6 Marketing Tips to Grow Your Real Estate Business

Real estate markets wax and wane, flow and ebb, advance and retreat. Yet down times need not be so for every business. The challenge is in positioning a real estate firm as the go-to professional service when property is up for sale, lease or new management. Promoting a business is all the more essential when the pickings are slim. Still, not all marketing efforts are created equal. A real estate office aiming to increase its recognition should select only those marketing strategies that can keep business coming during lean times and thriving when the market surges. Here are six tips to achieving that goal.

#1: Create a Comprehensive Website

This may seem obvious, but it is all too often the area where brokers, agents and investors cut corners. Appearance is just as important as ease of use. There should be a balance between text and photos — the textual content must be clear and concise while the property photographs should be of high resolution. Functional speed is preferable and ads should always be minimal. Furthermore, content is best refreshed early and often to ensure visitors will return frequently.

#2: Maintain a Blog

Why on earth does anyone want to see a new blog? You would be surprised. First of all, this is the best way to keep website content new and current. More importantly, the keywords used and distributed launch your site to better search engine optimization. If a real estate professional is unique, the blog will be likewise. Focus on problem-solving, relevance and consumer education. Blog posts are a crucial tool in any real estate marketing plan because they provide valuable information about a particular topic while promoting your firm’s expertise.

#3: Apply Content Marketing

A well-designed website and authoritative blog can only go so far without traffic. An effective method to boost traffic is content marketing, whereby the realtor places content on popular sites with links back to the website and blog. Other content recipients could be podcasts, videos, books or even public speeches. Through these forums, the real estate professional extends expertise beyond the office and website.

#4: Employ Social Media

Facebook, Twitter, Instagram and other platforms have reputations for attracting narcissists, trolls, sociopaths and the desperately lonely. That all may be true but social media venues are also marketplaces connecting goods and services with consumers. Sort of content marketing in miniature, posts, tweets and stories are bite-sized pieces of information that can build a public appetite for what is offered on the website. The National Association of Realtors offers continuing education on the optimal use of social media for real estate businesses.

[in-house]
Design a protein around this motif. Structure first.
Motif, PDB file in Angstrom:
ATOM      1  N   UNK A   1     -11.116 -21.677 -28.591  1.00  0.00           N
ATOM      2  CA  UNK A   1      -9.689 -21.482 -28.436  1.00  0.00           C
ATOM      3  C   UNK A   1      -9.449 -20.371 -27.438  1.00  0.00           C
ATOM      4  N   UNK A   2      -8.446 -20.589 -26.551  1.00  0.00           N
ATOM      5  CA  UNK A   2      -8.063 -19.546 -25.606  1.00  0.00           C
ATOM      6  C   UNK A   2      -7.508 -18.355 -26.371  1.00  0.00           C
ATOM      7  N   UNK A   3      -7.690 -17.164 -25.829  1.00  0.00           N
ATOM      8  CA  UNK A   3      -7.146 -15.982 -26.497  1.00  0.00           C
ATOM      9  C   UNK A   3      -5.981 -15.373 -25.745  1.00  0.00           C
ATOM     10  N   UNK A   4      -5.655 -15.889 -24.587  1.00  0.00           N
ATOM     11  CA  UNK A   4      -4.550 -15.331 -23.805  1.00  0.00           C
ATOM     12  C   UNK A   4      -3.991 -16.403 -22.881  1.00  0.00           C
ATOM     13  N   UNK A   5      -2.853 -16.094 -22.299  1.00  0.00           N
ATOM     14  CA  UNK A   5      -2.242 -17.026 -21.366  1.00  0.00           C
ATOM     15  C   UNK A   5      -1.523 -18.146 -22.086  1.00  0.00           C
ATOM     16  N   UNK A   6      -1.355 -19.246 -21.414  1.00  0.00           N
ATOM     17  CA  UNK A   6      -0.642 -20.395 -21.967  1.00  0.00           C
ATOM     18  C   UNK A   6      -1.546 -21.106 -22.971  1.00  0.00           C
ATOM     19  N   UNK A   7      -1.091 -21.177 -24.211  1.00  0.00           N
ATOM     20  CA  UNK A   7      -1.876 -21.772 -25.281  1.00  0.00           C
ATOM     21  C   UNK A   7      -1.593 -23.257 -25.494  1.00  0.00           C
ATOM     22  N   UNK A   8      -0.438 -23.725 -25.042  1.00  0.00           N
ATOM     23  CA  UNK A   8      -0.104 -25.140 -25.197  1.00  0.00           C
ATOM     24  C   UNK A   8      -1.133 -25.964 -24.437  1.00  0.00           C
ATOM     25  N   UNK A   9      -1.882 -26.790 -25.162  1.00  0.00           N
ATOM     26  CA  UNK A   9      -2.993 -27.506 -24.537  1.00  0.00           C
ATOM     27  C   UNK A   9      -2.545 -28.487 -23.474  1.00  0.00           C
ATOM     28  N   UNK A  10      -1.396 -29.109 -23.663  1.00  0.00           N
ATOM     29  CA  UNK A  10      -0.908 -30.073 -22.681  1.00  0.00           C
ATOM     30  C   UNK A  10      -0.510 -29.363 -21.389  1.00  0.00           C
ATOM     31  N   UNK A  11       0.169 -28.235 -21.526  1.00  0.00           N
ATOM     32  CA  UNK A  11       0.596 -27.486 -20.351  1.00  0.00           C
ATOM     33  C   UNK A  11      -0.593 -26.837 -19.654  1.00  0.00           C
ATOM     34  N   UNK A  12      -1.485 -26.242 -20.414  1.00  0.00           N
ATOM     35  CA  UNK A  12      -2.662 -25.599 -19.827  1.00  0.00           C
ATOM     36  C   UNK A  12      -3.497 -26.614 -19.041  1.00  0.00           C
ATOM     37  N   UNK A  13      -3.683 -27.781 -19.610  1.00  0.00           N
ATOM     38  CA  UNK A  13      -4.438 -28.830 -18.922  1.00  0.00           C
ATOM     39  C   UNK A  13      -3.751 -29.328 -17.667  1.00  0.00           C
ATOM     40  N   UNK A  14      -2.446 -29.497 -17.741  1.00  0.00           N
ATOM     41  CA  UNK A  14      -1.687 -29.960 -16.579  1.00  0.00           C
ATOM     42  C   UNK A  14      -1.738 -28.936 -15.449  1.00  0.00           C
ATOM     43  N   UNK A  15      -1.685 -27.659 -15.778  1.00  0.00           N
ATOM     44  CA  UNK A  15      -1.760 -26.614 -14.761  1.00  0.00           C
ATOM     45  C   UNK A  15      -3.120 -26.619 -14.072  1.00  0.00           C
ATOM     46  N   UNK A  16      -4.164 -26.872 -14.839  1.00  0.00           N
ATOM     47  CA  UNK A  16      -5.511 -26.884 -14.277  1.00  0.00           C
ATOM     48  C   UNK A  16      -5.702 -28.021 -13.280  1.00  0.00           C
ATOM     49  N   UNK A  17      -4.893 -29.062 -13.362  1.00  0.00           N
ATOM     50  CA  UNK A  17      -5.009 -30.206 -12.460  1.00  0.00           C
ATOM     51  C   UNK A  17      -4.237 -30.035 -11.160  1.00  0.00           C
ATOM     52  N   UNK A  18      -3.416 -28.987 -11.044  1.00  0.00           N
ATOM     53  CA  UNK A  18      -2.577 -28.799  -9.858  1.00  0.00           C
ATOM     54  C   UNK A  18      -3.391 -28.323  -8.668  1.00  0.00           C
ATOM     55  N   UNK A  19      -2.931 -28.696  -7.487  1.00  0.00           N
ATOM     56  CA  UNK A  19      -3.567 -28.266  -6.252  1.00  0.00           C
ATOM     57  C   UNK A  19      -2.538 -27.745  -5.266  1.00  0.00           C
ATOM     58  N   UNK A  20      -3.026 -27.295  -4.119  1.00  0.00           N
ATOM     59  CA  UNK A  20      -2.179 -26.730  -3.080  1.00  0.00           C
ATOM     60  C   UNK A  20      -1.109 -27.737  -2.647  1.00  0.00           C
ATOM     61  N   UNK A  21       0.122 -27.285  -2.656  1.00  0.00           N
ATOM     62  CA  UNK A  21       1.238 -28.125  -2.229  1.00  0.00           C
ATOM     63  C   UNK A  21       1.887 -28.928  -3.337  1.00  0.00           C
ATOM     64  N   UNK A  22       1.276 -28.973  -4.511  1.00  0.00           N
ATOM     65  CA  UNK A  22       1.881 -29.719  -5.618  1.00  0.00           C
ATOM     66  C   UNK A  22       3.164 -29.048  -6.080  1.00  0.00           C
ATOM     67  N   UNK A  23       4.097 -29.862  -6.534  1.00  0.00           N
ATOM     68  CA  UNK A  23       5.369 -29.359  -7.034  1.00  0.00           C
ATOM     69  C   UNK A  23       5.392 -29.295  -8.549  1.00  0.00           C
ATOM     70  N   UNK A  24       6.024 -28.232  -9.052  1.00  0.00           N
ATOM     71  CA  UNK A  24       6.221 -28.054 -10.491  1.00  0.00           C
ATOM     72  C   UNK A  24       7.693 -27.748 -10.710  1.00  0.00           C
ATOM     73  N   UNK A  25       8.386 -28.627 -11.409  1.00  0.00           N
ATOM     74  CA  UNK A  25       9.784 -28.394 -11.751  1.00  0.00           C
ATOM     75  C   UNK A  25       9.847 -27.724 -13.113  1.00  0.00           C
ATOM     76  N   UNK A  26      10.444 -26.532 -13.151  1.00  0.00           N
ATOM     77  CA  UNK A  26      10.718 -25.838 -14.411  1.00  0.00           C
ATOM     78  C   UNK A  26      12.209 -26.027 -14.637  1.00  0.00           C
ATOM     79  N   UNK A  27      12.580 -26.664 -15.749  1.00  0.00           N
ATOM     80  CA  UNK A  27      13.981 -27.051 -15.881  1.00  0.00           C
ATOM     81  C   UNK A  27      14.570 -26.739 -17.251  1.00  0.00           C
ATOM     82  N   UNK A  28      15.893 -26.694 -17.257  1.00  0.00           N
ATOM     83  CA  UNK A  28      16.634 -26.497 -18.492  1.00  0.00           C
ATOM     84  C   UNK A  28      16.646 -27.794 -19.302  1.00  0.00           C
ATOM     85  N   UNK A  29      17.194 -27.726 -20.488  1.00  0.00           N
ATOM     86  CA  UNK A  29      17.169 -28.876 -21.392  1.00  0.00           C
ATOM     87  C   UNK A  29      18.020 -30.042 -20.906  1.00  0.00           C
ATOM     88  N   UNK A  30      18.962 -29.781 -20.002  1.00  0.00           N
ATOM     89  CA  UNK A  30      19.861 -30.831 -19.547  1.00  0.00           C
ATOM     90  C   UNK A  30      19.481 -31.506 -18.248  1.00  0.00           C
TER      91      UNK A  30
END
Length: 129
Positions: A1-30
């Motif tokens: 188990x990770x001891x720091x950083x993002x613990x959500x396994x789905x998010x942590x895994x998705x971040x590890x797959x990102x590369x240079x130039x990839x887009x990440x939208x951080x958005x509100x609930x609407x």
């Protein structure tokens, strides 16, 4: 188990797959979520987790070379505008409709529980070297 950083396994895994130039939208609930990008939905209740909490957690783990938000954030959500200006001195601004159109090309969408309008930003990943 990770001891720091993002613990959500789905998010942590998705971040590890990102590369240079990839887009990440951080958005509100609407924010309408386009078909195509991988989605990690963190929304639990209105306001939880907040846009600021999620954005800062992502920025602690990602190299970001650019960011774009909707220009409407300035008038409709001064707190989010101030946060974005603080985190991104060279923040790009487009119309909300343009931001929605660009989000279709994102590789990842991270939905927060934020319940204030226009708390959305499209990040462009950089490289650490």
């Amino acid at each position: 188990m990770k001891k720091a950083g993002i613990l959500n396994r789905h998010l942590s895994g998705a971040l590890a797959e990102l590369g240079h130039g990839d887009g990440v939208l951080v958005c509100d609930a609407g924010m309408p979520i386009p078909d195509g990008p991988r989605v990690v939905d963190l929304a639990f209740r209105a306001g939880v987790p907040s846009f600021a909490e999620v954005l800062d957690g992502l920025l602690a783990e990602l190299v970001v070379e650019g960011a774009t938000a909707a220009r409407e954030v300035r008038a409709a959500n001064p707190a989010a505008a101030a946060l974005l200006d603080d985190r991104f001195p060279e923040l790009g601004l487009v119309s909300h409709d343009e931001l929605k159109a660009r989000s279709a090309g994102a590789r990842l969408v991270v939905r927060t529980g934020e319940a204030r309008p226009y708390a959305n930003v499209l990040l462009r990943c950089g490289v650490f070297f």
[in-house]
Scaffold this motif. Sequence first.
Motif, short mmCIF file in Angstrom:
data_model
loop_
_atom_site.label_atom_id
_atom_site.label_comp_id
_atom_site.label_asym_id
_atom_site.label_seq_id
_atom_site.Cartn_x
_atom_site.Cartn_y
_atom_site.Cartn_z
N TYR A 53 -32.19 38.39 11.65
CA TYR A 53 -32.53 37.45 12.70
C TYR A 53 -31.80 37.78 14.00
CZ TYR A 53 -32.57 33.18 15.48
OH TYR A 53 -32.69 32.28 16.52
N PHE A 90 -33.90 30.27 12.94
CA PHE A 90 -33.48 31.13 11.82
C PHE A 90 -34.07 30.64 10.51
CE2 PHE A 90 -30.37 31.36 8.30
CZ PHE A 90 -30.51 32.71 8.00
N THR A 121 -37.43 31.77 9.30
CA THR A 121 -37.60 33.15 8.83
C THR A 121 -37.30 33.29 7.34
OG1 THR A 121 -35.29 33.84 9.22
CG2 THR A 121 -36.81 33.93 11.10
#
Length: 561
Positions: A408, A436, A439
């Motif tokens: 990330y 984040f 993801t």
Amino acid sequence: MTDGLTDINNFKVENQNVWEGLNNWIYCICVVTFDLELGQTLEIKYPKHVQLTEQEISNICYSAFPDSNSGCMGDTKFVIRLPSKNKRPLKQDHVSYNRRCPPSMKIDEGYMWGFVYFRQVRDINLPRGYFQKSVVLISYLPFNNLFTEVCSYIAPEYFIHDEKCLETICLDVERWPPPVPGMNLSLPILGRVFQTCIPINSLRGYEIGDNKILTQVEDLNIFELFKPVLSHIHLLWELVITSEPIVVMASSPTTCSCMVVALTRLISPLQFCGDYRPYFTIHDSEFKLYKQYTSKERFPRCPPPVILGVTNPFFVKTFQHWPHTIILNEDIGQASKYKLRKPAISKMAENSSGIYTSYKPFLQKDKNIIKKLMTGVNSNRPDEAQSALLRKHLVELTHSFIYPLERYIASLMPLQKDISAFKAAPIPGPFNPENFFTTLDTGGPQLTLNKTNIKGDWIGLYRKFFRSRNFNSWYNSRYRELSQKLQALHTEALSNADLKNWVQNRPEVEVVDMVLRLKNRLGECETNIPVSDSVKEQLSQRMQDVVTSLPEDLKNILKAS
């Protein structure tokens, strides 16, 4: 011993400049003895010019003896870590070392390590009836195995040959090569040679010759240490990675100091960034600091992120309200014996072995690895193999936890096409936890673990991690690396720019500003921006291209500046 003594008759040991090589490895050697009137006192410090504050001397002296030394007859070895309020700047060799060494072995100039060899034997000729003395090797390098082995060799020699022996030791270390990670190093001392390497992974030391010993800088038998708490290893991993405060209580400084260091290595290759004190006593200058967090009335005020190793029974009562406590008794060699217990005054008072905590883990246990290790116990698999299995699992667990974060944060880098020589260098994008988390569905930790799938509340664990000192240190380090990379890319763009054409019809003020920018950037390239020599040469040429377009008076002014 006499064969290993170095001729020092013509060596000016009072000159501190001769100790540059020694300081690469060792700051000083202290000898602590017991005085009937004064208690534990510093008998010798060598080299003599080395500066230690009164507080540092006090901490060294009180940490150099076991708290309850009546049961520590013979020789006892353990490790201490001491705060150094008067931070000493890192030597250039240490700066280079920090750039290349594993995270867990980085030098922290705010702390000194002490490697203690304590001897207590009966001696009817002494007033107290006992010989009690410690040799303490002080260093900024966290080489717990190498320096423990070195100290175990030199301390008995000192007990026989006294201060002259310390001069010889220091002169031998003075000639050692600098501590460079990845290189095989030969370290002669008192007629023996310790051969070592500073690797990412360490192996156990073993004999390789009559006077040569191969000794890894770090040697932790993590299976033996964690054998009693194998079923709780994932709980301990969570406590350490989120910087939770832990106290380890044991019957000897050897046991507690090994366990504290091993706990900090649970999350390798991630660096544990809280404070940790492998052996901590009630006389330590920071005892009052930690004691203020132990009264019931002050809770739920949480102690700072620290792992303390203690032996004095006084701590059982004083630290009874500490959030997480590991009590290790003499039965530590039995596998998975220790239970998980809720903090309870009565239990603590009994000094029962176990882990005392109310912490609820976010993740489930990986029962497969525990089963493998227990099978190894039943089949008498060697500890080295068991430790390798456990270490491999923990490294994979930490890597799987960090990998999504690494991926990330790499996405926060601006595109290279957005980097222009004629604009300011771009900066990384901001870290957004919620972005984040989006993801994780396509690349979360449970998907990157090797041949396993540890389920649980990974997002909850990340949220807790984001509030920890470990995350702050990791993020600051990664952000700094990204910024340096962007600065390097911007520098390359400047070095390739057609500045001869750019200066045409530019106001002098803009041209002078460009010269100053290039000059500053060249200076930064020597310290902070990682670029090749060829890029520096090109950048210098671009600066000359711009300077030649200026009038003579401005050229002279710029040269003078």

#5: Give Something Away

Free offers might come off as cheesy but evidence demonstrates that they work to expand the pool of prospects for brokers and agents. These gifts might be in the form of information, e.g. a report on the market, dealing with appraisers, mortgage issues etc. Alternatively, the realtor or investor can pony up for some maintenance and upkeep for leased properties. Courtesies of this king solidify relationships and grow the professional’s reputation.

#6: Work the E-Mail List

Many offices engage in multiple services. Reaching out to current contacts as reminders for all the offerings of which they may avail themselves are tasks worth repeating. For example, a primary residence customer may be ready for an investment property or for a commercial investment. Keep them informed.

Brett Sartorial

Brett is a business journalist with a focus on corporate strategy and leadership. With over 15 years of experience covering the corporate world, Brett has a reputation for being a knowledgeable, analytical and insightful journalist. He has a deep understanding of the business strategies and leadership principles that drive the world's most successful companies, and is able to explain them in a clear and compelling way. Throughout his career, Brett has interviewed some of the most influential business leaders and has covered major business events such as the World Economic Forum and the Davos. He is also a regular contributor to leading business publications and has won several awards for his work.